Mexico's Fight Against Corruption

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Mexico, corruption, rule of law, National Anti-Corruption System, Miguel Angel Mancera

Relatives of the 43 missing students of the Ayotzinapa teachers’ training college hold pictures of the students during a demonstration to demand justice, in Mexico City November 5, 2014. The students went missing in the town of Iguala in the south-western state of Guerrero on September 26 after clashing with police and masked men, with dozens of police being arrested in connection with a case that has sent shockwaves across Mexico (Tomas Bravo/ Courtesy Reuters).

Corruption allegations and revelations cover Mexico’s front pages. Public officials’ penchant for expensive watches, use of government helicopters for personal errands, and a string of expensive houses facilitated by preferred private contractors have incensed not only Mexico’s chattering classes but also the broader public. 2014 opinion polls conducted by the Pew Research Center show corruption ranks second only to crime in citizen concerns.

The challenge of corruption goes beyond just a few bad seeds. A 2013 survey found that one third of Mexicans paid a bribe for a public service. Think tank Mexico ¿cómo vamos? estimates corruption reduces gross domestic product by 2 percent. Due to rampant corruption among judges and police (as well as weak investigation and adjudication systems), the World Justice Project’s international rule of law index ranks Mexico seventy-ninth out of ninety-nine countries, comparable to Egypt and Russia.

Things may be poised to finally begin changing. After dragging its feet for nearly three years (anti-corruption promises were part of the original Pact for Mexico signed in December 2012), Congress recently passed constitutional reforms that will provide stronger tools to prevent, investigate, and sanction government corruption.

The new National Anti-Corruption System targets the political system, requiring more public officials to report their assets and any potential conflicts of interest, strengthening the hand of federal auditors, expanding asset forfeiture laws, and creating a new independent anti-corruption prosecutor.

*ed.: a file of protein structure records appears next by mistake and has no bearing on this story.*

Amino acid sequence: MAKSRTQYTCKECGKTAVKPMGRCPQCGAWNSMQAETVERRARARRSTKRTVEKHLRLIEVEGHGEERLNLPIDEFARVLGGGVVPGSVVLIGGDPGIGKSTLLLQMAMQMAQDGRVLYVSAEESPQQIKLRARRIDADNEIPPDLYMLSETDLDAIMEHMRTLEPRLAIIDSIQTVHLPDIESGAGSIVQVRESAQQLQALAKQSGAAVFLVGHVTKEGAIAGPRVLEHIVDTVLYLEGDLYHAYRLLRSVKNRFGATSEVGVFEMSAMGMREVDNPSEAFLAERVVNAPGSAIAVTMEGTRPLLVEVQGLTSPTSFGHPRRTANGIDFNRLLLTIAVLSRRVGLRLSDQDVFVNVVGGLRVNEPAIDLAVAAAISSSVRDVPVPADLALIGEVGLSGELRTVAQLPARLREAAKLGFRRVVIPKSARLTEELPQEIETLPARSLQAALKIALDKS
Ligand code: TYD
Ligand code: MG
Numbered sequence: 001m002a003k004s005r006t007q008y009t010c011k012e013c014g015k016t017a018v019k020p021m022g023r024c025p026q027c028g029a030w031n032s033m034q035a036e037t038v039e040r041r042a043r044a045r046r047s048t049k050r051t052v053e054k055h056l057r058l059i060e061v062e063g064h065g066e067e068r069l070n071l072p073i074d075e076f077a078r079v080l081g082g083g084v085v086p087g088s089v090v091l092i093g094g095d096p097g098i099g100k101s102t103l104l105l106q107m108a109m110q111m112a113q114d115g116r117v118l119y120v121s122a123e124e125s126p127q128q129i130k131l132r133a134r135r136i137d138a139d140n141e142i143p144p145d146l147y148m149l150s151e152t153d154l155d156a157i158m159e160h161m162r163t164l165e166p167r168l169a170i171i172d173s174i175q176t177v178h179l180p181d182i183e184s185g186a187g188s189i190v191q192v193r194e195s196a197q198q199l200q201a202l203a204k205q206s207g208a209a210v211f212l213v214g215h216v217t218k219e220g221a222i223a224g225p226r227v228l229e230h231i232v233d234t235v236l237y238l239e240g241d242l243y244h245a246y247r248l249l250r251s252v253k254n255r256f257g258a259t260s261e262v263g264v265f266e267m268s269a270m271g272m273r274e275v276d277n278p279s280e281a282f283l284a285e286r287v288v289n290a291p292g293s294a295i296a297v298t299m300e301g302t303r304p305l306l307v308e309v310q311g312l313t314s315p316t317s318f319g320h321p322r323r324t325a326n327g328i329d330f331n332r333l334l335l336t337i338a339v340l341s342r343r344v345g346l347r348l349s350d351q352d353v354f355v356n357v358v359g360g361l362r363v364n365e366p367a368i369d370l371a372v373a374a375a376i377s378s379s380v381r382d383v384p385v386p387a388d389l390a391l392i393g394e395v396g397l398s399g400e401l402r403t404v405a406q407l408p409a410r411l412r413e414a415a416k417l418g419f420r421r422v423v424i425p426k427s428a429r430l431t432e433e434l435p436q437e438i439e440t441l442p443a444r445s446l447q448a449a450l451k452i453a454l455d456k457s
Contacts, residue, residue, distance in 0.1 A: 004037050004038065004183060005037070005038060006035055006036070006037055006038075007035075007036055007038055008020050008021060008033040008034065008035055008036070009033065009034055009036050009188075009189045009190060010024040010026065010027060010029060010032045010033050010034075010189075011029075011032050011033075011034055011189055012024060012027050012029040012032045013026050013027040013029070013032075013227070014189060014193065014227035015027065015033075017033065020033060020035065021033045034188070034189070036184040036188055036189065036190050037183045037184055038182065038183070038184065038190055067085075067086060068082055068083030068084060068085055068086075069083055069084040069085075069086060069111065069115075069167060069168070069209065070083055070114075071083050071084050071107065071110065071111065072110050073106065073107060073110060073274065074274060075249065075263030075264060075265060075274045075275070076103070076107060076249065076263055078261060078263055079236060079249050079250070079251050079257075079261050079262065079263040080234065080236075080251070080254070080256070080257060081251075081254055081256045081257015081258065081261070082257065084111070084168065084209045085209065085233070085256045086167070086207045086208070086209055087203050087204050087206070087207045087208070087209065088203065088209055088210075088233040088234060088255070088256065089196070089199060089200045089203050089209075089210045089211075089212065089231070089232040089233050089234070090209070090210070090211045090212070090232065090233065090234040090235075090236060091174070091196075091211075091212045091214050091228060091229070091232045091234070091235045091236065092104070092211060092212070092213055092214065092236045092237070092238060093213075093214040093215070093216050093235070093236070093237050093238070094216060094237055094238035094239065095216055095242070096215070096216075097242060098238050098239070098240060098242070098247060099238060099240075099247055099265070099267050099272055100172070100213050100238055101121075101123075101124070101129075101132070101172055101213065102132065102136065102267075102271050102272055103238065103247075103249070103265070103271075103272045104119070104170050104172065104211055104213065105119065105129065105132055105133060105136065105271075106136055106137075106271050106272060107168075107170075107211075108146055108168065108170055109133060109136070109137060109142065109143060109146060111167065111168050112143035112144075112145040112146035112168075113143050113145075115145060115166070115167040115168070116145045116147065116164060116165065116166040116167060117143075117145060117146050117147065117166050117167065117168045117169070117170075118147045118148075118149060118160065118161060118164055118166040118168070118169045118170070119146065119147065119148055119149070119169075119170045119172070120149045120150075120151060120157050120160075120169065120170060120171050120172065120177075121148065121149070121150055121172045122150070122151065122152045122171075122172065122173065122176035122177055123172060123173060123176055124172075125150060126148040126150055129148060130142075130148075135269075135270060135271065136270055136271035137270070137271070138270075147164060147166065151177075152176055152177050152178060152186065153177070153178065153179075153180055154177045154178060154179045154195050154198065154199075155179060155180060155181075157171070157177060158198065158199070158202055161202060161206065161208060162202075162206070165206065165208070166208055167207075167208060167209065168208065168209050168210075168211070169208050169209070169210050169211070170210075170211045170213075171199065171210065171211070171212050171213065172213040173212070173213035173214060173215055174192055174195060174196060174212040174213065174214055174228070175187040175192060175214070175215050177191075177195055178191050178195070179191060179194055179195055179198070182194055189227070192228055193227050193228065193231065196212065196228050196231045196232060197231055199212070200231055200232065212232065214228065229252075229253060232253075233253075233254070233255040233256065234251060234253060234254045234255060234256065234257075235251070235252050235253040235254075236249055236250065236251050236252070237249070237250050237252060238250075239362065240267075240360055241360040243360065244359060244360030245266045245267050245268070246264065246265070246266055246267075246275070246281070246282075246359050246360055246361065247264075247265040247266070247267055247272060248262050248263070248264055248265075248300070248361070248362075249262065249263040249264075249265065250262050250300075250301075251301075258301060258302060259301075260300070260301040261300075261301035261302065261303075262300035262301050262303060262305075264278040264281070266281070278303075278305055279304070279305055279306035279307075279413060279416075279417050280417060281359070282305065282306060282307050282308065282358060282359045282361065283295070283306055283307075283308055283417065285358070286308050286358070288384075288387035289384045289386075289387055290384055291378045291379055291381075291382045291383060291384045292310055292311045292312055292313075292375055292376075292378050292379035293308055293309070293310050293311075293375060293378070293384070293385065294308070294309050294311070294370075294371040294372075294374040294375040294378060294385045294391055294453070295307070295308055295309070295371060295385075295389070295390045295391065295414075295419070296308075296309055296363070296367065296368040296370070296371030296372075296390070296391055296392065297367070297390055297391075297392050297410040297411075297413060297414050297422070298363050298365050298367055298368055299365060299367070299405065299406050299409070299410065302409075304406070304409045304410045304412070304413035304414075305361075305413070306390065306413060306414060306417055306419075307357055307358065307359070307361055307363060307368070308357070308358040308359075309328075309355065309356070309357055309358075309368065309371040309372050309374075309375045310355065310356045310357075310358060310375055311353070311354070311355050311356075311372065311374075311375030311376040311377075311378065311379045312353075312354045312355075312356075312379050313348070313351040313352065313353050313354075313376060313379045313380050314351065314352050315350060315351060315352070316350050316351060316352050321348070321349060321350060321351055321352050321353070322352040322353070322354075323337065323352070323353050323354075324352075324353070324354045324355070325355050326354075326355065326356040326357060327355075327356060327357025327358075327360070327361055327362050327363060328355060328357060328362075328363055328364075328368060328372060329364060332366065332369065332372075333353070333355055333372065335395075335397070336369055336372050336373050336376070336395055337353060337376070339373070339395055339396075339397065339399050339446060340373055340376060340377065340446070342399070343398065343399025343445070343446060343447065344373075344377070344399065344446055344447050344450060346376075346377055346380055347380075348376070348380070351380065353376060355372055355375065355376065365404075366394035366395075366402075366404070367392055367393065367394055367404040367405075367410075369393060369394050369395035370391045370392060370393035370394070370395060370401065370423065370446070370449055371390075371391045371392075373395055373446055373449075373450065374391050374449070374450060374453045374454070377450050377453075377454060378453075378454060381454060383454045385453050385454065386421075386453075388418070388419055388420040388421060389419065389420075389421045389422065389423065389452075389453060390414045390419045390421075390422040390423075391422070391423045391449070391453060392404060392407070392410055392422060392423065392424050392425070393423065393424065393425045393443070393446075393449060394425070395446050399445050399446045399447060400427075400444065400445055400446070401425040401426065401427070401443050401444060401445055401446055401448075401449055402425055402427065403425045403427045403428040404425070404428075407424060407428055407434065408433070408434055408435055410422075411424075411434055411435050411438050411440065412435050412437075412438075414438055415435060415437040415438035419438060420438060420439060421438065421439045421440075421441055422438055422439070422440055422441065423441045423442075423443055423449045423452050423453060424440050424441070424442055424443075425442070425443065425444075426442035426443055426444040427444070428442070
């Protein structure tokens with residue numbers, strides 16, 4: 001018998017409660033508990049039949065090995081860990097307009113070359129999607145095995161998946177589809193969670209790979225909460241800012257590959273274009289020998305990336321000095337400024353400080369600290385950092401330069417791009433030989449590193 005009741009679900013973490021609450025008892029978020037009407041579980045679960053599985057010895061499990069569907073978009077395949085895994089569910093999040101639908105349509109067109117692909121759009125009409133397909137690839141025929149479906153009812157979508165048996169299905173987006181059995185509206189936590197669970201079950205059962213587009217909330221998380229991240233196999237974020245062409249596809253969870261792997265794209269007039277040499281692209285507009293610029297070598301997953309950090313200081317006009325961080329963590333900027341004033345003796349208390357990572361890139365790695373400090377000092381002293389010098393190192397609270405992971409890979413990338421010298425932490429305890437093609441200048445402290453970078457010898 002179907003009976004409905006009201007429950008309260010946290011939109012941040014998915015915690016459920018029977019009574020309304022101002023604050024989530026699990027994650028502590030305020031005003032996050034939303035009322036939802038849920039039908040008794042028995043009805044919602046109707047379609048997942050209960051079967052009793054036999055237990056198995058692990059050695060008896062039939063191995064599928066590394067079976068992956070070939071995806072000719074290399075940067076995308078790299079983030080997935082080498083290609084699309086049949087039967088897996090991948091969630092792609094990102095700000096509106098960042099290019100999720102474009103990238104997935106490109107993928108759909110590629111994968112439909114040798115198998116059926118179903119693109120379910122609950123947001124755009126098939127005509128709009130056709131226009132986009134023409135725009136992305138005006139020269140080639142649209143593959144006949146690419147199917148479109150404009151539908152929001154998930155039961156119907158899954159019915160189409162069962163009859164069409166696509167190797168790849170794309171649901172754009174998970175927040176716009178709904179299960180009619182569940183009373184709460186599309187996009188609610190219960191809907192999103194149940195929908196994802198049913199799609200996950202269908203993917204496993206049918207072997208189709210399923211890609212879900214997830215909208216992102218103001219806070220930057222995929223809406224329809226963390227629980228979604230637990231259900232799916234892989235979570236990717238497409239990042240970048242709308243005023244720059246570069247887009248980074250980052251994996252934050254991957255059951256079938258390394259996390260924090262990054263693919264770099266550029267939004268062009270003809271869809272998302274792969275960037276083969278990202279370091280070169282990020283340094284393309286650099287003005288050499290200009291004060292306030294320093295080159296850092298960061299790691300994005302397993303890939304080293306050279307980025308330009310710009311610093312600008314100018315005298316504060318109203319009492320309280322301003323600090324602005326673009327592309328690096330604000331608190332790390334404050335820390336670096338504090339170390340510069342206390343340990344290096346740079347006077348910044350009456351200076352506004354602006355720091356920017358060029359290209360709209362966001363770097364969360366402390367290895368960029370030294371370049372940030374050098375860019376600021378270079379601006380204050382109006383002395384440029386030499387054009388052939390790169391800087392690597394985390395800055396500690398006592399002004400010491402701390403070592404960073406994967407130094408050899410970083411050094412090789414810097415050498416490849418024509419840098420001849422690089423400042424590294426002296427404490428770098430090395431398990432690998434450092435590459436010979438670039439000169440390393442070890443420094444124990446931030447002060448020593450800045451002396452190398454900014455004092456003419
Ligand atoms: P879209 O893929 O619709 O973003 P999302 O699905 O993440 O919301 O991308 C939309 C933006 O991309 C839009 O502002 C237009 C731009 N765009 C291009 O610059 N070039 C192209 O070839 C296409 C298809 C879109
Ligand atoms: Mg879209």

Transparency International’s Mexico chapter has welcomed the reform, and others, including local think tank Instituto Mexicano para la Competitividad, see it as a step in the right direction.

Shifts are already underway at the local level, led by Mexico City. Current mayor Miguel Angel Mancera announced an anti-corruption plan in early 2013 with five main aims: (1) professionalize public servants through training and evaluation; (2) strengthen internal controls; (3) simplify administrative processes; (4) engage citizens; and (5) create an anti-corruption website. Since then, the capital has appointed hundreds of new auditors and nearly doubled the number of investigations. It has suspended over 900 public officials and recovered roughly $9 million in illicit funds. The 21 million person megalopolis now has a citizen advisory council to supervise anti-corruption efforts, made up of business and non-profit executives, academics, and lawyers. And it “names and shames” sanctioned officials and disqualified suppliers through publicly available lists. In New York last week, Mancera signed on with the NGO Open Contracting Partnership (OCP) to become their first city partner to create an online portal opening up the capital city’s public contracts to citizen scrutiny.

In their infancy, these reforms have yet to prove themselves, and if they can change the status quo. Mexico City’s nascent trial shows some promise. If Mancera can show visible anti-graft results in the capital city, it could prove a savvy political platform for the 2018 presidential election.

Published in conjunction with Latin America’s Moment at the Council on Foreign Relations.